Friday, May 30, 2014

Professional Conduct: Navigating Ethical Perils Of Social Media Surveillance

By Yvette D. Everhart

With the continued rise in the use of social media, lawyers have turned to social media such as Facebook, LinkedIn, and Twitter to investigate witnesses, parties, and jurors. Although using these forums to obtain information to support a client’s claims seems harmless, lawyers must tread lightly so they comply with the rules on professional conduct. The Florida Bar has yet to issue any opinions on the use of social media as an investigative tool. However, there are numerous ethics opinions in other jurisdictions that provide helpful guidance on professional conduct rules similar to Florida’s.

Several ethics opinions have held that obtaining publicly available information from social media does not violate any rule on professional conduct. See N.Y. State Bar Assn. Comm. Prof. Ethics, Op. 843 (Sept. 10, 2010). However, the circumstances change when lawyers send “friend” requests or requests for information via social networks. Lawyers must use caution when engaging in such practices to ensure they do so ethically. For example, sending a friend request to an adverse party or a witness could violate Florida Rule of Professional Conduct 4-4.2, which prohibits lawyers from communicating with represented parties. See N.Y. State Bar Assn. Comm. Prof. Ethics, Op. 843; see also SDCBA Legal Ethics Op. 2011-2.

Likewise, asking a non-lawyer or third party to send a friend request or contacting witnesses or parties via social networking could also violate Rules 4-4.2 and 4-5.3. Case in point, in August 2012, two New Jersey attorneys were charged with numerous ethical violations when their paralegal friended a represented opposing party. Directing a client to make contact on social media networks could raise ethical concerns as well. See N.H. Bar Assn. Ethics Comm. Advisory Op. 2012-13/05 (June 2013). Thus, it is important that lawyers do not direct a non-lawyer or third party to do what the lawyer cannot do.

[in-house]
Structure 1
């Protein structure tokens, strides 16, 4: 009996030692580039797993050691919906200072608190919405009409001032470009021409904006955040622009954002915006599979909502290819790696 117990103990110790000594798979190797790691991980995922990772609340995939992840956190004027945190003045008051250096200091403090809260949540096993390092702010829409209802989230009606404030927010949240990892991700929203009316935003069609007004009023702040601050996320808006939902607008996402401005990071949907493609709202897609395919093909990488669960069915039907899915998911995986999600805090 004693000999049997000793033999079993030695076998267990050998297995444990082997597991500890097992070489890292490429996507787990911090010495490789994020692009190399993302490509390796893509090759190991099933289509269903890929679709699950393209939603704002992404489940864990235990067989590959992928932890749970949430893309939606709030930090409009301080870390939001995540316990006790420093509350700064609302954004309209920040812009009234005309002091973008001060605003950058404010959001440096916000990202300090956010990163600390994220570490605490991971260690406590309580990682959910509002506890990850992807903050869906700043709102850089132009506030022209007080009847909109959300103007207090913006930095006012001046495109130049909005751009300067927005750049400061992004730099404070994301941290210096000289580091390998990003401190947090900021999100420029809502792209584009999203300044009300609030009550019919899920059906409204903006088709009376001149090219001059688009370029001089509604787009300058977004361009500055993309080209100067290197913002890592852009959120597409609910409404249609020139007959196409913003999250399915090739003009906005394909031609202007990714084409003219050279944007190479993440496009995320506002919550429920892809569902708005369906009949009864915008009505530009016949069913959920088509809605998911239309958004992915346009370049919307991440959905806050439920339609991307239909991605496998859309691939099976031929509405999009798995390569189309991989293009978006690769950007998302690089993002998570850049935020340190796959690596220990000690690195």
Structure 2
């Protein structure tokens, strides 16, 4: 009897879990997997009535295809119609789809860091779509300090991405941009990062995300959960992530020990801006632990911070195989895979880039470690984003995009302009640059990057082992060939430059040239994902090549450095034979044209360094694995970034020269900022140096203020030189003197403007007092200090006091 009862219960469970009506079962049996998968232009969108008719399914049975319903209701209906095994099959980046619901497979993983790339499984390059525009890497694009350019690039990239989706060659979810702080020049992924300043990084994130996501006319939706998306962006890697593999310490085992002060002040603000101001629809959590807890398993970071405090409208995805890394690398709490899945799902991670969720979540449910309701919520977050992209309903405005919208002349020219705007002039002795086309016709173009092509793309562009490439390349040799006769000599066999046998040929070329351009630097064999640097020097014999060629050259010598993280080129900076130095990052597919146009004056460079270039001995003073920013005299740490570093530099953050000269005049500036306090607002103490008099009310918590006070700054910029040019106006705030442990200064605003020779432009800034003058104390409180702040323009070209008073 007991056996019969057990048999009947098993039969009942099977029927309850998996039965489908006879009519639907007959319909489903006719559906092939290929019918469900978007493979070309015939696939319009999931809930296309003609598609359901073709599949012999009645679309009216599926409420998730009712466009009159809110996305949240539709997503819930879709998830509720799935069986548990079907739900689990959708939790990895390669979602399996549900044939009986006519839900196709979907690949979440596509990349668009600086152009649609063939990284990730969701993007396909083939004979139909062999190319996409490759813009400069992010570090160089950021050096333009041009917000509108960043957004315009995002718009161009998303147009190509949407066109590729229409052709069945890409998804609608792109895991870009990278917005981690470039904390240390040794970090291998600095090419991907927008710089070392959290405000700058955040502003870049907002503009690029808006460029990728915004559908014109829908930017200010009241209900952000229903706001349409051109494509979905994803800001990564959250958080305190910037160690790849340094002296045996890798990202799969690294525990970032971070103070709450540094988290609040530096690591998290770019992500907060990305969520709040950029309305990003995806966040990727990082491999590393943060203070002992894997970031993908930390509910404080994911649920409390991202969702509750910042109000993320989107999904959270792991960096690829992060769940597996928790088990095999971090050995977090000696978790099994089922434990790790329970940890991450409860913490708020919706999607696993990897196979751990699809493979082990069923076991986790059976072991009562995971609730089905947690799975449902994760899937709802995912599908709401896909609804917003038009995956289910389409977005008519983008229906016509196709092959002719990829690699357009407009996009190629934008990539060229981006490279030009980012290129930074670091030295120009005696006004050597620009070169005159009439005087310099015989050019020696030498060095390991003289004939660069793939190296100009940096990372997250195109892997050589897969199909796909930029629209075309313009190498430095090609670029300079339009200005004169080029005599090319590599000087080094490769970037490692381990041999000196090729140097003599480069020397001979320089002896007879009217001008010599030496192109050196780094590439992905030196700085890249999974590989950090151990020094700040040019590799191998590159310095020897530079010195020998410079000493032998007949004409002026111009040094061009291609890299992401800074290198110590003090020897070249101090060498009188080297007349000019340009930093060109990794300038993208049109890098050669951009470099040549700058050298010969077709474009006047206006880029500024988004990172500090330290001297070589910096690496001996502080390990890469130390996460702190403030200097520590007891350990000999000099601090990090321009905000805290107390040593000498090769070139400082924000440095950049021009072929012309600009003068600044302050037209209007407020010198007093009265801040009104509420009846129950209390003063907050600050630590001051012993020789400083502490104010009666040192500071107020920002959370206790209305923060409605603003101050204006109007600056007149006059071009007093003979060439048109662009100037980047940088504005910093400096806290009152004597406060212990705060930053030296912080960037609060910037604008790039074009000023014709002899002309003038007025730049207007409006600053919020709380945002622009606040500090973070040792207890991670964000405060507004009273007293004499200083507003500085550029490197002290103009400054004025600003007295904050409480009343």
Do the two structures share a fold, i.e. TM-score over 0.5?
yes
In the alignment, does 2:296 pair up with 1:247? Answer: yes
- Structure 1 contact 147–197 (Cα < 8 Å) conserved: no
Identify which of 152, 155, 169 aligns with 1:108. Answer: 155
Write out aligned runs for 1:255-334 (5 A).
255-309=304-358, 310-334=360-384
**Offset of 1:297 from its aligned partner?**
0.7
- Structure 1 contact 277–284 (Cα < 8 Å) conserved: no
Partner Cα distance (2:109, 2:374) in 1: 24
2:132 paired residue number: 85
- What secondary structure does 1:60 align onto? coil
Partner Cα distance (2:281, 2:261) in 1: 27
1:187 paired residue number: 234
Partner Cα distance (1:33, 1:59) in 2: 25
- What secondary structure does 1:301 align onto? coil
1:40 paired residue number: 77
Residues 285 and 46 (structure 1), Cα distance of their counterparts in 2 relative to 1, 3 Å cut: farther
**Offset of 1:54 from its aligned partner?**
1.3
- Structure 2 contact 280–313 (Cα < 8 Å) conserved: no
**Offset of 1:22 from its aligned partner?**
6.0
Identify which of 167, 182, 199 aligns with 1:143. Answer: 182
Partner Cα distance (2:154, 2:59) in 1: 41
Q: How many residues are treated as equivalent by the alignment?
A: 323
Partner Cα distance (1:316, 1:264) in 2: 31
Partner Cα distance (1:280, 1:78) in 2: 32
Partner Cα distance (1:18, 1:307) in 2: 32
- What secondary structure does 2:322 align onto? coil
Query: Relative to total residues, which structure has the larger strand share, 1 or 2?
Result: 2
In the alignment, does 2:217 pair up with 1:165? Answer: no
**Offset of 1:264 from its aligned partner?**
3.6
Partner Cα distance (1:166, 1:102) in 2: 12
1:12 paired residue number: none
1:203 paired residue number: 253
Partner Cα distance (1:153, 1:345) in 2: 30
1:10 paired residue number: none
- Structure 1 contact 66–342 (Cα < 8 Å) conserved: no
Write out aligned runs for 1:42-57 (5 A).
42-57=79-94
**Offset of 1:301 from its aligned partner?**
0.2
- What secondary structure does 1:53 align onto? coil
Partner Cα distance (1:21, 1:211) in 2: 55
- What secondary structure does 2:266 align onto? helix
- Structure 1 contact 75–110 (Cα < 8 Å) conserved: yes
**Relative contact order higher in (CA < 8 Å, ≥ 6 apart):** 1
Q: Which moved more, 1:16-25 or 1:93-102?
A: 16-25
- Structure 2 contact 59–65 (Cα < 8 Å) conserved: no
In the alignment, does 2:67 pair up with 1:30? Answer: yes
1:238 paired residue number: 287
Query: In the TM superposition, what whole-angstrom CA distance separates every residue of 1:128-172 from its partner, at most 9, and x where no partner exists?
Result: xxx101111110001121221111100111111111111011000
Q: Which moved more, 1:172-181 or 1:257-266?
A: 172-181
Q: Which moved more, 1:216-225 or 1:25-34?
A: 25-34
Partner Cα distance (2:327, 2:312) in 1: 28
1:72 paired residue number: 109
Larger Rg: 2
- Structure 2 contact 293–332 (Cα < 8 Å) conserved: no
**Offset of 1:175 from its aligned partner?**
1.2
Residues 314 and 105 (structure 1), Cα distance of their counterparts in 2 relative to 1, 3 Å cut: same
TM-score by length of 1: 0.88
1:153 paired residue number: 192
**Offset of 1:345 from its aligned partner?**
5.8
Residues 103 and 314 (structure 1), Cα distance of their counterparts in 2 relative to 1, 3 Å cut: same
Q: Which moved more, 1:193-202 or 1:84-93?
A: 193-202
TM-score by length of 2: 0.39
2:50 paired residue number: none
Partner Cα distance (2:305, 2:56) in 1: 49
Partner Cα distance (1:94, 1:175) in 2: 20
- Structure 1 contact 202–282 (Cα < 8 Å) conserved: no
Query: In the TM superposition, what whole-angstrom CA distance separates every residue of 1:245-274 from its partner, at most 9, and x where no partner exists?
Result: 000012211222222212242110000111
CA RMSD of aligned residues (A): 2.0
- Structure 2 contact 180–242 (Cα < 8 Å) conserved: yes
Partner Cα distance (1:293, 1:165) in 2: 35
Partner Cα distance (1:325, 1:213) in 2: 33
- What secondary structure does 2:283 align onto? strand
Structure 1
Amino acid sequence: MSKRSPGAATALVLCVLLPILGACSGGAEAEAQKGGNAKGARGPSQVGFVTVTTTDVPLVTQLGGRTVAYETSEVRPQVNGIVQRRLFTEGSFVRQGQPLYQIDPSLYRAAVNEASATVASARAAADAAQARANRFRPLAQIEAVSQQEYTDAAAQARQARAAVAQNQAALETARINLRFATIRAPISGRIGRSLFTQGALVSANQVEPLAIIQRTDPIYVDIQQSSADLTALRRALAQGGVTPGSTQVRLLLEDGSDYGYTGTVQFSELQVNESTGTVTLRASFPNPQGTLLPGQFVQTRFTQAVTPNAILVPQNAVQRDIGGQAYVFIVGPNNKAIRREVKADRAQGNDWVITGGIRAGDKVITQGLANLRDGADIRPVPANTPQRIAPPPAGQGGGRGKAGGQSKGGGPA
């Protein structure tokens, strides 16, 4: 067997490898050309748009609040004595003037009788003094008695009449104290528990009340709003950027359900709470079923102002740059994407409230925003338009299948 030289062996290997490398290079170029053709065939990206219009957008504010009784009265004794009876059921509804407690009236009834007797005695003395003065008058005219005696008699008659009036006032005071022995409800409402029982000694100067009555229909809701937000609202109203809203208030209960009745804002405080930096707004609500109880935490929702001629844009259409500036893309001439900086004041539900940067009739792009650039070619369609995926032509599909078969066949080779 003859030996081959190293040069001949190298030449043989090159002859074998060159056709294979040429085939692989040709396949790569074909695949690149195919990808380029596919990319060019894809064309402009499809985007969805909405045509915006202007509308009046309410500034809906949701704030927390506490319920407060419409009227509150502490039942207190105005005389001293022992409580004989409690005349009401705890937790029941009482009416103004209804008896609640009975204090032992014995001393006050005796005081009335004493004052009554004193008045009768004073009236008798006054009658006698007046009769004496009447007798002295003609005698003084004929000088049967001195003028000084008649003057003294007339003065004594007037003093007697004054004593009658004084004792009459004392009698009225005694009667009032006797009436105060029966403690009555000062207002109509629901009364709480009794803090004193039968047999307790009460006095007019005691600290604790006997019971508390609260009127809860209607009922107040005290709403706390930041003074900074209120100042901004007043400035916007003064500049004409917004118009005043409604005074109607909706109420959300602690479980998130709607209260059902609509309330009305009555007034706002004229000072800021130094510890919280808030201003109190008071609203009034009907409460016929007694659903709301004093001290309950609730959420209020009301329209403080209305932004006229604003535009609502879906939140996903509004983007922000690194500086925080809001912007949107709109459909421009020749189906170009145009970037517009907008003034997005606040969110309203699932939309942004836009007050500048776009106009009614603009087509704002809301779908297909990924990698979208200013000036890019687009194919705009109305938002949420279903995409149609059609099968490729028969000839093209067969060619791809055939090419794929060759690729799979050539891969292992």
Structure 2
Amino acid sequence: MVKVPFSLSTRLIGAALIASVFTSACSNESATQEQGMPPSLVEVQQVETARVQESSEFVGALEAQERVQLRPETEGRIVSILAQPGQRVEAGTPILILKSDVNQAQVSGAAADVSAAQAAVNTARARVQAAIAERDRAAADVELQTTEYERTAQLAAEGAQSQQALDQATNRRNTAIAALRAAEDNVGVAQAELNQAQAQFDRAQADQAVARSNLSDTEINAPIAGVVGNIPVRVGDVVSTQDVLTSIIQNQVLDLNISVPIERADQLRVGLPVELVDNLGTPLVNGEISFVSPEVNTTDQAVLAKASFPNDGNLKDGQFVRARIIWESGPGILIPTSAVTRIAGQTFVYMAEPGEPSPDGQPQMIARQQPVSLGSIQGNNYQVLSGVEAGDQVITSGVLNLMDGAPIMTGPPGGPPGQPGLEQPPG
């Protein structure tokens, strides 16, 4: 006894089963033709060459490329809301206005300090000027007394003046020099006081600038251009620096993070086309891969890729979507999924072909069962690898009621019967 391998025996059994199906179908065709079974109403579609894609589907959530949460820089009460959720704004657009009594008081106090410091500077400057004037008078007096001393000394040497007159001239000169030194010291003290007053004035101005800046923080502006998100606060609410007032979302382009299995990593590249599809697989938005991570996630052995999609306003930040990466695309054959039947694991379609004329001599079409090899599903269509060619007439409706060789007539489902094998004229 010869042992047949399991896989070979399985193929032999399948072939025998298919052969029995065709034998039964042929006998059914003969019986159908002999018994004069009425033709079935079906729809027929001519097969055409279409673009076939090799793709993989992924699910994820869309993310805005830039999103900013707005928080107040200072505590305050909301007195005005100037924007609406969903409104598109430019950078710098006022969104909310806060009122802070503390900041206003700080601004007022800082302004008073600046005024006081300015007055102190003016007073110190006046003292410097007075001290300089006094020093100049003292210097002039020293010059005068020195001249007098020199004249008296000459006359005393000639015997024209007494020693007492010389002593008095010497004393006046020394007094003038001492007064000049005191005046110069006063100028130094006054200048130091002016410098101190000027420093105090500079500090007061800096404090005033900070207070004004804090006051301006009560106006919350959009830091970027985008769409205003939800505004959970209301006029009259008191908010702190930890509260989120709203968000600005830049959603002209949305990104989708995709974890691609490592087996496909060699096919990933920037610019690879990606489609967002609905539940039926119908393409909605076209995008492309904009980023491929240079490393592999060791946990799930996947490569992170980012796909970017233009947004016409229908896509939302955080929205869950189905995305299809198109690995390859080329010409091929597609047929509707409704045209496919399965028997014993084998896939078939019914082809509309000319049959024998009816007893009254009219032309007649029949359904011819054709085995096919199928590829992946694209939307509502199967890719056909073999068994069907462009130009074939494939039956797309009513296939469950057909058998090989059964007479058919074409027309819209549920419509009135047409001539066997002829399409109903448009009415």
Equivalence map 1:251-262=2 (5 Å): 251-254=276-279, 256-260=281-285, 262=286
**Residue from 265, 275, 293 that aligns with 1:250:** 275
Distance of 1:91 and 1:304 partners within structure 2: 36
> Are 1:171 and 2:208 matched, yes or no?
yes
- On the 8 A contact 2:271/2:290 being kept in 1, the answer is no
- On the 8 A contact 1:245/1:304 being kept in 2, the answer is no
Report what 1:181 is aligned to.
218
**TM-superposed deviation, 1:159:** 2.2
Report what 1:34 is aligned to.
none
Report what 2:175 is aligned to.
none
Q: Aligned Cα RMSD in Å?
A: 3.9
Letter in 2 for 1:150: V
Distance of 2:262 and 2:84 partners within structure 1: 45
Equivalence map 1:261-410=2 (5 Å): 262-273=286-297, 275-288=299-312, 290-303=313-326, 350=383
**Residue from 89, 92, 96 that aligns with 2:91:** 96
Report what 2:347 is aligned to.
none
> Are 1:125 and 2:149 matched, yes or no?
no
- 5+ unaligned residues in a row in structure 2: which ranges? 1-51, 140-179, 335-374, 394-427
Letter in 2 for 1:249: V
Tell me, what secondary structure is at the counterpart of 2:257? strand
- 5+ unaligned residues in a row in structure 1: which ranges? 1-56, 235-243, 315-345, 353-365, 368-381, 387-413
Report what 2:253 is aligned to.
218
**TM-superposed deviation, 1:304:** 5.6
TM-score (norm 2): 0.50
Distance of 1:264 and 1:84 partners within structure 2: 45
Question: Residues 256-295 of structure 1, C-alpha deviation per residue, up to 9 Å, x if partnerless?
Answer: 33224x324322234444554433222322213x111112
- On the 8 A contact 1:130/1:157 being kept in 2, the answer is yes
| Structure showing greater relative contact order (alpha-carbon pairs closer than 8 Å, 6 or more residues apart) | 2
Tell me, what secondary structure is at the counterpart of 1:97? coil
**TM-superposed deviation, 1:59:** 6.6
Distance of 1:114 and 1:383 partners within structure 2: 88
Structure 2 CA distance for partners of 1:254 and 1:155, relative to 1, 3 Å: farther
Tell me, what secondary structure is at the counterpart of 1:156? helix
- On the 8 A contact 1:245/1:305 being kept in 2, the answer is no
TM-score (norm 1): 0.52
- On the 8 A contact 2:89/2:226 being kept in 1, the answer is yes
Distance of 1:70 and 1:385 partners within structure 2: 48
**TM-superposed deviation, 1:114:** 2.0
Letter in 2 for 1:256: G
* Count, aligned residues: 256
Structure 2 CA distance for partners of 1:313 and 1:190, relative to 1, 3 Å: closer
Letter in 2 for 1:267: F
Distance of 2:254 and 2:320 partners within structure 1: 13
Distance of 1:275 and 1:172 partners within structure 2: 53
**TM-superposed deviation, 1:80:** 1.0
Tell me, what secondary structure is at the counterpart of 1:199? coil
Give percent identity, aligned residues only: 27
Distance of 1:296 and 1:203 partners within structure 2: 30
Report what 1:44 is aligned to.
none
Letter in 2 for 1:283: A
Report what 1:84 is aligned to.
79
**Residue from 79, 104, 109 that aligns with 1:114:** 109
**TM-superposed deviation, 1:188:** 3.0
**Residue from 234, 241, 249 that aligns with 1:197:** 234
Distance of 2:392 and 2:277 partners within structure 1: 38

Friending a witness or unrepresented party without disclosing the purpose of the friend request or doing so through misrepresentation or deception also can violate the rules of professional conduct regarding misconduct and dishonesty (Rule 4-8.4). See Philadelphia Bar Assn. Prof. Guidance Comm., Op. 2009-02 (March 2009); but see Assn. of the Bar of the City of New York Comm. on Prof. Ethics, Formal Op. 2010-2 (Sept. 2010). This can be true even where the lawyer discloses his or her identity but does not disclose the purpose of the contact. Nor can a lawyer log into someone else’s social media account under the guise of the account holder to try to communicate with parties or witnesses. See N.H. Bar Assn. Ethics Comm. Advisory Op. 2012-13/05 (June 2013).

When it comes to jurors, a lawyer might feel compelled to investigate jurors using social media. In fact, the rules on competence (Rule 4-1.1) and diligence (Rule 4-1.3) imply that a lawyer may be negligent if he or she did not use available methods, such as social media, to investigate jurors. See N.Y. State Bar Assn. Formal Op. 2012-2. Nevertheless, complying with the ethical rules should be paramount. At least two bar associations have held that it would violate the rules regarding communication with jurors and misconduct for a lawyer to send a friend request to a juror through social media. See NYC Bar Assn. Comm. on Prof. Ethics Formal Op. 2012-2 (June 4, 2012); NYC Lawyers Assn. Committee on Prof. Ethics Formal Op. 743 (May 18, 2011). A juror learning that an attorney viewed or attempted to connect on LinkedIn or followed the juror’s Twitter account could also violate the professional rules of conduct.  See NYC Bar Assn. Committee on Prof. Ethics Formal Op. 2012-2 (June 4, 2012).